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History of Fayette County, Iowa,

A history of the County, its Cities, Towns Etc.

Page 571

Putnam Township

" The first settlement made in Township 91 north, Range 7, was by a man named Serving, in 1850, on Section 24. Serving soon after sold his claim to the Harrows, who, like him, remained but a short time.. J. Brun bought out one of them and became the first permanent settler. Some of the first settlers in this township succeeded in getting their lands at 75 cents an acre.

Preparatory to the organization of Putnam Township, named in honor of the hero of Revolutionary fame, the County Judge ordered an election to be held in April, 1855. The election was held, but the Clerk neglected to make a return as the law required, and the organization was necessarily deferred till the following year. The electors voting in 1855 were R. Aldrich, Sr., R. Aldrich, Jr., Mr. McNary, W. C. Hicks, J. Hallowell, J. B. Squires, J. L. Bruce and J. C. Folsom. Another election was ordered by the Judge for April, 1856, at which time the organization was completed, the meeting being held at the house of Samuel Joy. J. B. Squires and Samuel Probasco were elected Justices; Samuel Westcott, Joseph Hallowell, W. S. Warner, Trustees; Alva Bush, Clerk; Samuel WWestcott, Assessor; J. Rowley, Mr. Canfield, Constables; Patrick Bears, Road Supervisor. W. S. Warner, Albert Bush and Joseph Hallowell sat as Judges, and Joseph Hallowell and Alva Bush officiated as Clerks. C. G. Wheeland, W. Hicks, Jay and James Squires also attended the election.

In 1858, a Board of School Directors, composed of Solomon Joy, J. B. Squires and L. H. Abbott, was chosen, who proceeded to organize three school districts. The first school was taught by Mrs. Rowley in No. 1, for the pecuniary emolument of $1.00 per week. The next school was in No. 3, followed by a term held in No. 2. Sub-District No. 4 was organized in 1859, and in the next two years, Nos. 5, 6 and 7 were formed. No. 11 was not set off till 1871. The first school house was purchased from Orvil Wood for $30.00, for No. 4.

October 18, 1873, a petition was presented to the Board, signed by eighty-two voters, asking for a dissolution of the Township District system, and that the sub-districts be allowed to organize under the independent system. The election was held in December, and a majority given for the change.

The township is now well settled, and every school district has suitable educational facilities. Up to about 1870, the farmers of Putnam made grain raising their principal reliance, but since that time much attention has been given to dairying, from which business they are receiving very satisfactory returns. For two or three years after the first settlement of the township, their grain had to be hauled to Dubuque, Elkader or McGregor, a long and tedious journey, but since 1860, railroads have been built within a few miles, and the towns of Strawberry Point, Brush Creek, Independence and Manchester give ample facilities for marketing their produce.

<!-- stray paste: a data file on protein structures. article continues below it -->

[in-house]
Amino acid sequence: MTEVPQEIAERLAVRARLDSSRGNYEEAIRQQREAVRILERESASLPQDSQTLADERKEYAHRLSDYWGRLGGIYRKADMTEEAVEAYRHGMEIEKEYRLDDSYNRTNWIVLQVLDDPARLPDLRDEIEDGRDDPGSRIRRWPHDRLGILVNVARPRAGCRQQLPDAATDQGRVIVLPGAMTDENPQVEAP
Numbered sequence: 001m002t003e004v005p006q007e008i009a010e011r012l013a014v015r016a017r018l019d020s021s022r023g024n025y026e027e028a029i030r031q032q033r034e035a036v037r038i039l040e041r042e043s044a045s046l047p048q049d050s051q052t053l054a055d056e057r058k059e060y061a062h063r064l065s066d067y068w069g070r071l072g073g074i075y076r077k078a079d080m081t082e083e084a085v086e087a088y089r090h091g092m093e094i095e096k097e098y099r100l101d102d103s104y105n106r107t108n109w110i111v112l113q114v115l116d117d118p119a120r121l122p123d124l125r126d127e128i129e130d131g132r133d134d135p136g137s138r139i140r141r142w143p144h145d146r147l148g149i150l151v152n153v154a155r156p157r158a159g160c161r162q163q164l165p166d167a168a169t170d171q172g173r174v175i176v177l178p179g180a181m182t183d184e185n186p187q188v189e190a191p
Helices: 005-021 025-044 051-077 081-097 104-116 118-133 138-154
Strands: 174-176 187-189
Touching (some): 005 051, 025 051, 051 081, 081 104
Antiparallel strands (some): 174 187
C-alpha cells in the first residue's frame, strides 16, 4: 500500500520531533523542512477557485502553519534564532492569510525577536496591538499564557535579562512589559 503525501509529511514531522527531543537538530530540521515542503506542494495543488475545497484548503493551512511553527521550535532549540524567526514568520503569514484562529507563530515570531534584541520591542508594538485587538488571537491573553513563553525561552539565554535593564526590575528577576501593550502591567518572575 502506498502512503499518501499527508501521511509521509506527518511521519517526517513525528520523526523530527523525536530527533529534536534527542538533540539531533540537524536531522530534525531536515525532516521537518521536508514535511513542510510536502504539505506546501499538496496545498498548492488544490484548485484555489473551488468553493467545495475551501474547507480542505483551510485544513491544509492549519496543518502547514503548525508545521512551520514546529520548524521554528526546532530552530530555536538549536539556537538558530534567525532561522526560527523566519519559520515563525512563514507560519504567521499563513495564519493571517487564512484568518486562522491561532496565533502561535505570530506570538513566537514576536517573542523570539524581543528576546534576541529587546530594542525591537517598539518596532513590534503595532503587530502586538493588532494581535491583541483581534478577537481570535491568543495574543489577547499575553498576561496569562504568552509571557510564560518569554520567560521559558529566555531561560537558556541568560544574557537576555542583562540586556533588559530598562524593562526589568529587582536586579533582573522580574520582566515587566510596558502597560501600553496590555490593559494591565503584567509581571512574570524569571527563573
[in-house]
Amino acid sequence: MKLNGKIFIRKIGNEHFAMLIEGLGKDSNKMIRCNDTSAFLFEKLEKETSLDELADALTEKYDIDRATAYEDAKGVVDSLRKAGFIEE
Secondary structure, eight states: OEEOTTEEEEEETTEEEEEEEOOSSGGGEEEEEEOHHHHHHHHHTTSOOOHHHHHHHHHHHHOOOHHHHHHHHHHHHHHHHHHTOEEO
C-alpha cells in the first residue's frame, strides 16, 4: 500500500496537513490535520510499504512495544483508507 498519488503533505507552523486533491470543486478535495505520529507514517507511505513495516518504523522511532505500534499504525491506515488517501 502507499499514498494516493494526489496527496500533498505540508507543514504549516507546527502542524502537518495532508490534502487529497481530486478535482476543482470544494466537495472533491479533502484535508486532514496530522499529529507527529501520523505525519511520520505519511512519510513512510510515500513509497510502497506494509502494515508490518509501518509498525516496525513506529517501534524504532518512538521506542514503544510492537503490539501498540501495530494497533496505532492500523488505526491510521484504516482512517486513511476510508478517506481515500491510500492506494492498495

C. G. Wheeland, who was one of the first voters in Putnam, on reaching Dubuque, left his family there and started on foot to find a home to suit him, making a long trip through Iowa and Minnesota. Passing over the the beautiful prairie composing this part of Fayette County, and observing the fertility of the soil, he selected his future home and proceeded without further delay to Dubuque to enter it.

The township contains a post office, several church organizations, and Sabbath school are organized in most of the school districts. One lawyer and one physician attend to the legal and the physical needs of the community. There are three butter factories or creameries in operation. Brayton & Castle started business in 1876, and at the present time employ three hands and make about 280 pounds of butter per day, which is shipped to New York. C. G. Wheeland & Co. and J. A. Harris are also in the same business, and in this industry, Putnam at present takes precedence over any other township in the county.

September 1, 1871, Samuel Morley was killed by being caught in the coupling of his own threshing machine, his ribs being torn loose from the backbone.

This township (91-7), is in the southeastern corner of the county, and is nearly all beautifully rolling prairie, watered by a few small streams. There is a little timber near the southeast corner."


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